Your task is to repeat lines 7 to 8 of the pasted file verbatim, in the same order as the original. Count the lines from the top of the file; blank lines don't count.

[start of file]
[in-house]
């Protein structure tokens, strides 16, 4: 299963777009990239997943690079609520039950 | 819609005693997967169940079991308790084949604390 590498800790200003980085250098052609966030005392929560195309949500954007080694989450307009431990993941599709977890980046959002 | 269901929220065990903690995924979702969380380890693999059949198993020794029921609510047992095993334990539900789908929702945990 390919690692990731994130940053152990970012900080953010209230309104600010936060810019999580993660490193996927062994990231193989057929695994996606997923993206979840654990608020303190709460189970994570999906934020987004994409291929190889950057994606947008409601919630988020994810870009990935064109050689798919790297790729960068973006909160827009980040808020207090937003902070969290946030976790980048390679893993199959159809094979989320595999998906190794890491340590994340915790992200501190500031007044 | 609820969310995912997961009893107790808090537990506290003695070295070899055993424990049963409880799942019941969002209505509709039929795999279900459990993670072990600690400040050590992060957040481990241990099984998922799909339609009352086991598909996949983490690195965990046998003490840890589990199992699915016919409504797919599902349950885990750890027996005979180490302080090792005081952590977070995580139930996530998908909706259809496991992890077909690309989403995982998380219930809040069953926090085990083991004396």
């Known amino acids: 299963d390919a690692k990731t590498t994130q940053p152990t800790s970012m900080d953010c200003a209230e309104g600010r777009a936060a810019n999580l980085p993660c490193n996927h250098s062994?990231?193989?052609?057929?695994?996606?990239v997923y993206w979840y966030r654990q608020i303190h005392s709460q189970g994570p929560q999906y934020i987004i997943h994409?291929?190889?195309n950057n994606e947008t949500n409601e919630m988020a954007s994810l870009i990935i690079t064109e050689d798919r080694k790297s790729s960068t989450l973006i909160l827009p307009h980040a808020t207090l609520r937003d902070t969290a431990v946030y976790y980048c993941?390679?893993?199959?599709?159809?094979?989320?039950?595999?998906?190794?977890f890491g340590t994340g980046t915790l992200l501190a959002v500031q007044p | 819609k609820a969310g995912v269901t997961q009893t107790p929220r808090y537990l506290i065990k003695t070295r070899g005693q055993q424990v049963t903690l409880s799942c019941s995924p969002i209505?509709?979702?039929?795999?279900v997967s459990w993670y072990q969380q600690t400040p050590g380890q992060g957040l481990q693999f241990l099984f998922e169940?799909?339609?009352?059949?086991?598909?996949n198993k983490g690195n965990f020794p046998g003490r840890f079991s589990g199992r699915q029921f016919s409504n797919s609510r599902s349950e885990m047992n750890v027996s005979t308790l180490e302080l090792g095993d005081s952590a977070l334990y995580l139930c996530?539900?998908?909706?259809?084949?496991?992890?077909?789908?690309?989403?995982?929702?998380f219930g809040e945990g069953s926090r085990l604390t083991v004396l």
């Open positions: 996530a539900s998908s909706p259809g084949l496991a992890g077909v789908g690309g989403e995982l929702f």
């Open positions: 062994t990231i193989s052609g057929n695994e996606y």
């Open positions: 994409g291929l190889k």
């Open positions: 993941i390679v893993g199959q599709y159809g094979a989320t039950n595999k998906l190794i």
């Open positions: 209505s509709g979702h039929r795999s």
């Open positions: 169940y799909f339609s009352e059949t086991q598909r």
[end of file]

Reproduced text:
């Open positions: 993941i390679v893993g199959q599709y159809g094979a989320t039950n595999k998906l190794i």
């Open positions: 209505s509709g979702h039929r795999s």